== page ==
Austerity Christmas: ‘The cupboards are empty, the kids are hungry’

Shelves of food at a foodbank
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The Canary has been speaking to real people on the ground at foodbanks and street homeless projects in Cornwall. 17 neighbourhoods in the county “are among the most deprived (worst 10%) in England”. In 2016, over a quarter of Cornish children were identified as living in poverty. Cornwall also has the third highest rate of homelessness in the country, and it faces the specific challenges of rural deprivation and poverty.


Donovan Gardener is chatting to Sarah* at the Camborne foodbank in Cornwall. He asks if she’s heard anything about her Universal Credit claim yet. She’s not sure, she says, because she couldn’t afford to pay her broadband or phone bill. He suggests that she also comes back next week when there’s a team of advisors to help. But for today, Sarah just needs food; because “the cupboards are empty,” she tells The Canary, and the “kids are hungry”.

“I don’t want Christmas”

Sarah insists “I don’t want Christmas”, explaining:

We’ve got the tree up, we’ve got decorations, but if it weren’t for the kids there would be none of it. To be put in this position, well I probably shouldn’t say the words…

Sarah’s been “poorly for a long time” – so ill in fact that she thought it was better for her children to live with their dad for a while because she “wasn’t able to look after them physically or mentally”. After needing to use “crutches constantly for three and a half years”, she underwent major surgery earlier this year. Finally, her kids – aged eight and ten – are back home with her. But then, “the money struggles” hit. Because she was told she “couldn’t get Child Tax Credits now because my postcode is in the Universal Credit area”.

Sarah desperately tried to avoid “changing over to Universal Credit” because she’d heard of so many people facing problems with it. “I just thought,” she said, “no, no, we’ll get by”. She was claiming Employment Support Allowance, one of the benefits Universal Credit replaces, so there was no way of adjusting the amount once her kids came home. But then the bills kept mounting up. She was “robbing Peter to pay Paul” until “the phone bill didn’t get paid” and “the broadband didn’t get paid”. By then, as she explained:

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We were really struggling. And that’s when I made the decision to change over to Universal Credit. I did that three weeks ago. And I wish I hadn’t. I really wish I hadn’t – especially on top of Christmas. But I wasn’t getting by anyway. Hopefully, when it does come, it will all come good but…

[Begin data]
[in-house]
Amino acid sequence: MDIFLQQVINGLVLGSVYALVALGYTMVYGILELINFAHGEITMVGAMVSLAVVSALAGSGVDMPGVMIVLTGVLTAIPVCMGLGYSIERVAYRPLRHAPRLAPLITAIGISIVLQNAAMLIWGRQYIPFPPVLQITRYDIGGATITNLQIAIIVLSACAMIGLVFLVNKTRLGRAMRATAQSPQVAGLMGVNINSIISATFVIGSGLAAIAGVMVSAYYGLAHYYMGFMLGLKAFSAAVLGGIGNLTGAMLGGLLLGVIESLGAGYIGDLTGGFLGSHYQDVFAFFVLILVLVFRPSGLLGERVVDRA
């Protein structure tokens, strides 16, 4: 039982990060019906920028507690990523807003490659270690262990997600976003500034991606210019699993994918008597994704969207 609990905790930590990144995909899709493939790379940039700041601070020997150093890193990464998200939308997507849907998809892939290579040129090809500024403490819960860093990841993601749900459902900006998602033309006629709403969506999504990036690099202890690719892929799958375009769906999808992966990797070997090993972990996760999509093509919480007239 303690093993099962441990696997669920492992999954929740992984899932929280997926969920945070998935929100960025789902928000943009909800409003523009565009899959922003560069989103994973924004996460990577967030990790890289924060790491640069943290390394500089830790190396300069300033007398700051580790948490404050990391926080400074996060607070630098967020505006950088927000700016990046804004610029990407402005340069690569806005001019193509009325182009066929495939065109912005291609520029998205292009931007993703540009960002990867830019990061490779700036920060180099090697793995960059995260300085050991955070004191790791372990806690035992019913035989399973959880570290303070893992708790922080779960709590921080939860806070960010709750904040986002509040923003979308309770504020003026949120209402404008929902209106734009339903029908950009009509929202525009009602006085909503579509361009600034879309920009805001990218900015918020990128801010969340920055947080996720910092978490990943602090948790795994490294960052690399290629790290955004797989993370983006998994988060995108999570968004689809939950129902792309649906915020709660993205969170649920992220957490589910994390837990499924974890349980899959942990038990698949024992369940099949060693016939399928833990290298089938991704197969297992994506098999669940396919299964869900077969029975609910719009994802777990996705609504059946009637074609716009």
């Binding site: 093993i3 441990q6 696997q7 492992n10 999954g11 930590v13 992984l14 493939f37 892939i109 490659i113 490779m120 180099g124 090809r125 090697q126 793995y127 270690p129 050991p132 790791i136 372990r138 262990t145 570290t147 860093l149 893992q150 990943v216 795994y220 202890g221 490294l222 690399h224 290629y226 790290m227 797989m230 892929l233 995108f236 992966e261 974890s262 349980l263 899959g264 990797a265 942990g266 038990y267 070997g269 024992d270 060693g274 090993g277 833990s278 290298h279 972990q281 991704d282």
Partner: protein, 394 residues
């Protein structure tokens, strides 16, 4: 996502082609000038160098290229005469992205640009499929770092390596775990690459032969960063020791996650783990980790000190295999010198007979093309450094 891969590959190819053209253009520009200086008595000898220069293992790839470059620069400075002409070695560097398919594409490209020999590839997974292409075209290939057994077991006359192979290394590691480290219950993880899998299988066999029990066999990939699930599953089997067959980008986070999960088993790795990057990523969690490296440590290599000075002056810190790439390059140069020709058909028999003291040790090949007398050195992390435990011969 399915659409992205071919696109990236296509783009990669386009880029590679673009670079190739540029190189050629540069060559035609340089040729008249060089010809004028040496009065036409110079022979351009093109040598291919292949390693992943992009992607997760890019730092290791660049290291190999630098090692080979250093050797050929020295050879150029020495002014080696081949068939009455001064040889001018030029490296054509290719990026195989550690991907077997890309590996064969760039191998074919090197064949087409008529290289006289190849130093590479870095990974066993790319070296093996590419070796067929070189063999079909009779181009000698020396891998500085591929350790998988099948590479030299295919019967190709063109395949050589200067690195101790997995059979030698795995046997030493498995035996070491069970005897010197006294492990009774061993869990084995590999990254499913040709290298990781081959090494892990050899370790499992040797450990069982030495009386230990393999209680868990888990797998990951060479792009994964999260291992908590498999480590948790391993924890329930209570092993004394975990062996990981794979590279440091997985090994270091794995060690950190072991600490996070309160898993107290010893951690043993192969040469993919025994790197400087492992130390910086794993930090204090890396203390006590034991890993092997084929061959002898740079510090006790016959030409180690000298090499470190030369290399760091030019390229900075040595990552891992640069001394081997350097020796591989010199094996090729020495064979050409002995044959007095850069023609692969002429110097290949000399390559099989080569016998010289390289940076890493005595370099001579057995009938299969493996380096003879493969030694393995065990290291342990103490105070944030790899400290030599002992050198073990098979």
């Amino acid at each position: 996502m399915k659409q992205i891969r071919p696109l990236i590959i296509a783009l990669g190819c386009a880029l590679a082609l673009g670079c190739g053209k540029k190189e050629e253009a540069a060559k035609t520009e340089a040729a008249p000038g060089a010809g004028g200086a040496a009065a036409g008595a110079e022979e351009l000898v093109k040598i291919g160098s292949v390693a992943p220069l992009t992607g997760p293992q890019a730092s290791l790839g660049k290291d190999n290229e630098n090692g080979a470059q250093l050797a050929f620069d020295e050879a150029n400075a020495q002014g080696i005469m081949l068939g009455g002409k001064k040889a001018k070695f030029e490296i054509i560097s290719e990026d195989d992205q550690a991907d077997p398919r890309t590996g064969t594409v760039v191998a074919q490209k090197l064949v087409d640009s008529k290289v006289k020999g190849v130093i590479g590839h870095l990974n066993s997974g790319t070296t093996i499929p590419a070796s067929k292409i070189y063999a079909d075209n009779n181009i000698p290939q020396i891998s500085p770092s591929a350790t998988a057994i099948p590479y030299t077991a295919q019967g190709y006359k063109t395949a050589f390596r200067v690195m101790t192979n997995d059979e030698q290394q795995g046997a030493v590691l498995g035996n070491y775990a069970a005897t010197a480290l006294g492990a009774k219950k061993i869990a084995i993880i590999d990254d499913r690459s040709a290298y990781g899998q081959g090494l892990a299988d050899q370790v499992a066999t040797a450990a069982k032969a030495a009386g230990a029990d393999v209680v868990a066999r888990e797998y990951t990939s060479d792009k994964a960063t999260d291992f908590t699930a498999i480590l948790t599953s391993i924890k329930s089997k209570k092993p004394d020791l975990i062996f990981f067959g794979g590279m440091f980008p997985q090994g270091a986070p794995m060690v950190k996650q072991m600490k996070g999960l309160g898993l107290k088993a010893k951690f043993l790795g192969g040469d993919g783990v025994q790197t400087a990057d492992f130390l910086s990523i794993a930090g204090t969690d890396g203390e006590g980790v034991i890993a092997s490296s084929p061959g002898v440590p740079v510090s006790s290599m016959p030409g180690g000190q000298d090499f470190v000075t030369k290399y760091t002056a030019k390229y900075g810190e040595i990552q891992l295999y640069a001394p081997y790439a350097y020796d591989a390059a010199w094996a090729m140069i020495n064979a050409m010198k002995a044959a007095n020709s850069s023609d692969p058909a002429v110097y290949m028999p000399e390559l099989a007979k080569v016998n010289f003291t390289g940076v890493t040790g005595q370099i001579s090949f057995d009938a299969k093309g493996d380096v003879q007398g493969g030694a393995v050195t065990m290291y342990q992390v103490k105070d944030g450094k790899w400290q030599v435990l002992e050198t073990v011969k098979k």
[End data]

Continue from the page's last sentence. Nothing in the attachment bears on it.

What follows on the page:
“Now, we’re left with nothing”

Three weeks on, Sarah says “now, we’re left with nothing”. She’s got a child benefit, “which is £34.40 a week”, and that’s it. She came to the foodbank two weeks ago, but didn’t come last week. “I don’t like asking for help,” she says, because “if somebody needs it more than me, I’d rather it goes to them”. Instead, she says she “begged and borrowed again”:

But now the cupboards are empty again. I was like ‘I can’t borrow any more because I can’t pay it back’.

She asks herself, “if I’d just held off till after Christmas, we just might have still scraped by”. But then she remembers that “we struggled for five months – I mean seriously struggled”.

Last time she visited the foodbank, she got a £49 fuel voucher. Gardener tells The Canary that he fundraised £3,998 pounds to pay for these in the summer. Because after ten years running the foodbank, he says:

I don’t think people understand the impact of fuel poverty, or what it is to have no power. You can’t boil a kettle. You can’t have a shower. Your life goes upside down.

Sarah explains that, without the fuel voucher, she’d have faced an impossible choice:

It would have been a choice between electric or food.

“All I want is to be able to look after the kids”

Sarah is stunned that the transfer to Universal Credit “stops everything to leave you with nothing”.

“That’s wrong,” she continues, because “all I want is to be able to look after the kids.” And despite their age, she says her kids are painfully aware of the situation. She explains that her eight-year-old daughter filmed “a video thing for Santa”. When Sarah watched it, halfway through her daughter said “I’d just like Mum to have some money so she’s not skint all the time”. Sarah says:

I thought ‘my kids know the word skint’. I was brought up with nothing, so I know what it’s like. But for my kids wanting me to have something so I’m not skint… She didn’t say ‘oh I want Mum to have some money so she can buy loads of presents for us’. She wanted something for me.

“All I want,” Sarah asserts, “is for them not to have to worry. Because they do. I just want them to be happy.” She says that she’s “emotionally exhausted”, but that she’s not giving in. Despite years of hardship and not being able to work – even though she desperately wants to – she needed to ask for “more help in this past month than I’ve ever had to”.

Yet in the face of everything, Sarah is overwhelmingly positive. “We’ll get there,” she says, “I don’t know how, but we will. We’ve got to.”


*Name was changed

Featured image author’s own

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  • Show Comments
    1. Thank you, and Sarah for sharing this. Its what one needs to realize the cruelty of a failed economic vision, and the meaness of people who believe it is just.
      Its their vision which has created Sarah’s family misery. They call it a welfare state. I call it a failed economic vision run by the rich solely for the rich as they “know what is best for us” as one often hears.
      Having a Country?
      The concept is beyond their comprehension.

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